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I need to write some code that would loop though all rows of a table, then check a hidden input in each row to see if it contains a certain value and if so, set some values and hide the row. It might be clumsy, but it worked: (variable "zeile" contains the first row, is initialized correctly before the loop):

while (goon) {
  var hf = zeile.attr('id');
  if (hf) {
      hf = document.getElementById(hf.substr(0,hf.length-2) + 'hfMat');
      if (hf.value == mid) {
     } else {
         cnt +=1 ;
         if (cnt<10) {
               alert('not found, cnt=' + cnt);
            } else {

     if (goon) {
        zeile = zeile.next('tr');

Ok, first of all, line 4 with the document.getElementById(hf...) looks like admitting defeat and it probably is - but $("#"+hf).val() just wouldn't do it, returned undefined :(

As I said, this code works fine. BUT then I had a case where two rows contained the same value in the hfMat-field, and my script would then hide the first row again, whereas it should have continued to the second. "Easy", I thought, and improved the statement to determine the next row to process (4th line from the end), so I changed from zeile = zeile.next('tr'); to zeile = zeile.next('tr:visible'); However, with jQuery 1.3.2, this doesn't work and I get undefined. What am I doing wrong?

And surely, there must be a much better way to get this selection done without such messy looping, by simply using some of jQuery's more advanced mechanisms, but I'm afraid these are beyond me atm. But I'd be happy to see some ideas ;)

share|improve this question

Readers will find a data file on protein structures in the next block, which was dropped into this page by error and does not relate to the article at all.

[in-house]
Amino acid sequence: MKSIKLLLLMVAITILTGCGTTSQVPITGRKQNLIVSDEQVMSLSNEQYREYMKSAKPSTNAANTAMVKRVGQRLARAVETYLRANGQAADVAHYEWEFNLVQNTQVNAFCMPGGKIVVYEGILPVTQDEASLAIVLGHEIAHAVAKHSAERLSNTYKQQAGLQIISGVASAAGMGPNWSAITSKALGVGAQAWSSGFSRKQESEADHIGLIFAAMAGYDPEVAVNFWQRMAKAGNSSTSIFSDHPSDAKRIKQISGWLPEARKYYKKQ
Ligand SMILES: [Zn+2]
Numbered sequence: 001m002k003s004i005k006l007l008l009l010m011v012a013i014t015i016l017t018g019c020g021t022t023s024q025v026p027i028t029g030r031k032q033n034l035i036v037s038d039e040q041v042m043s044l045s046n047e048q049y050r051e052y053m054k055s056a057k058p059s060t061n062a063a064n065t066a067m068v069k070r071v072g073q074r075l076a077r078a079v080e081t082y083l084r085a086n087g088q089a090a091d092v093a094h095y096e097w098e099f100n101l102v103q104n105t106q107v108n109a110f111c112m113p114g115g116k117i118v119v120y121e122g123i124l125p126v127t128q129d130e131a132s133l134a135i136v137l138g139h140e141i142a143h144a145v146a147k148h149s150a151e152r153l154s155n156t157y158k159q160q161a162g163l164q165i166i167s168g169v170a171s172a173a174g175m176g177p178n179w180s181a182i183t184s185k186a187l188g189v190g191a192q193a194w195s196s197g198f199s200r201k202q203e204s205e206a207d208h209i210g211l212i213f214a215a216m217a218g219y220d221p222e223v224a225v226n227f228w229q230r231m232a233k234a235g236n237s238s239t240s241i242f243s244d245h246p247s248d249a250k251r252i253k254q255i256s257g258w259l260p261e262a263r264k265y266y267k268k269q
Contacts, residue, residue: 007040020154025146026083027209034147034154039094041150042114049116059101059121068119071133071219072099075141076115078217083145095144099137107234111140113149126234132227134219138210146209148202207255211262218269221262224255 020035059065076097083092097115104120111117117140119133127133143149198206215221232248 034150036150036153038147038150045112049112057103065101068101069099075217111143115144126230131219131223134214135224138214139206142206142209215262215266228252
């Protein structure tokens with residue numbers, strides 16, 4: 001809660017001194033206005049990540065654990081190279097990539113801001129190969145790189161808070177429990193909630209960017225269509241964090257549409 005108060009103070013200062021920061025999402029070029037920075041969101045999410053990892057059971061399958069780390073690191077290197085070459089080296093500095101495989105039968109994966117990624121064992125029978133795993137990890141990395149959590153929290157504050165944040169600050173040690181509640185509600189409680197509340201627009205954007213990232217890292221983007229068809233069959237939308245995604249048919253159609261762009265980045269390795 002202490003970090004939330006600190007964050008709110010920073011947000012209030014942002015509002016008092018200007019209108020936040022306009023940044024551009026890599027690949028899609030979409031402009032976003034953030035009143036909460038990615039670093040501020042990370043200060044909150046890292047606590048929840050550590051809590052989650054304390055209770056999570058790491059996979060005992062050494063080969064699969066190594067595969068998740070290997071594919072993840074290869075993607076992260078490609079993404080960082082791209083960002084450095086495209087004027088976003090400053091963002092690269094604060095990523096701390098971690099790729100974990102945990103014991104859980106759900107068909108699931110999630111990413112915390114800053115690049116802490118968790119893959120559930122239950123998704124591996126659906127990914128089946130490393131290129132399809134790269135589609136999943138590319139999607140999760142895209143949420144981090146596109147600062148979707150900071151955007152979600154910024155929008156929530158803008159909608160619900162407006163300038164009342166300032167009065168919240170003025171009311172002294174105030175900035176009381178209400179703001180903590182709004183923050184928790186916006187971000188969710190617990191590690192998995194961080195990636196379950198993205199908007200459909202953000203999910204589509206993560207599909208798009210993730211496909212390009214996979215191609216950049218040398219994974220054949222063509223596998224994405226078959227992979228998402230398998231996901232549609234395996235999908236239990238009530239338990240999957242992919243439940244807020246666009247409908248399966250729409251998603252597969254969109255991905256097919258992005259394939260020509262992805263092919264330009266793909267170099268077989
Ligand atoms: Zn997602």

It would be helpful if you can include a sample of your HTML. – Ates Goral Nov 6 '09 at 18:02
up vote 1 down vote accepted

When you simply hide an element, it is not taken out of the document flow. Therefore, it will continue to get located by your DOM queries.

Without seeing your actual HTML, I can only speculate that what you're trying to accomplish can be done in a simpler way with the following jQuery loop:

$("tr input[value=" + mid + "]").each(function () {
share|improve this answer
Thank you Ates, that sample makes a strong case for the power of jQuery's selection machanisms. Yet, your remark about hiding and element still getting located does not totaly hit the nail on the head, that was and is understood, but the question is why then does the zeile = zeile.next('tr:visible'); not match the next visible line. And sorry for not providing a sample here, the current code contains tons of controls not relevant for this problem. I'll try to make a boiled-down version of that sample... – MBaas Nov 7 '09 at 6:25

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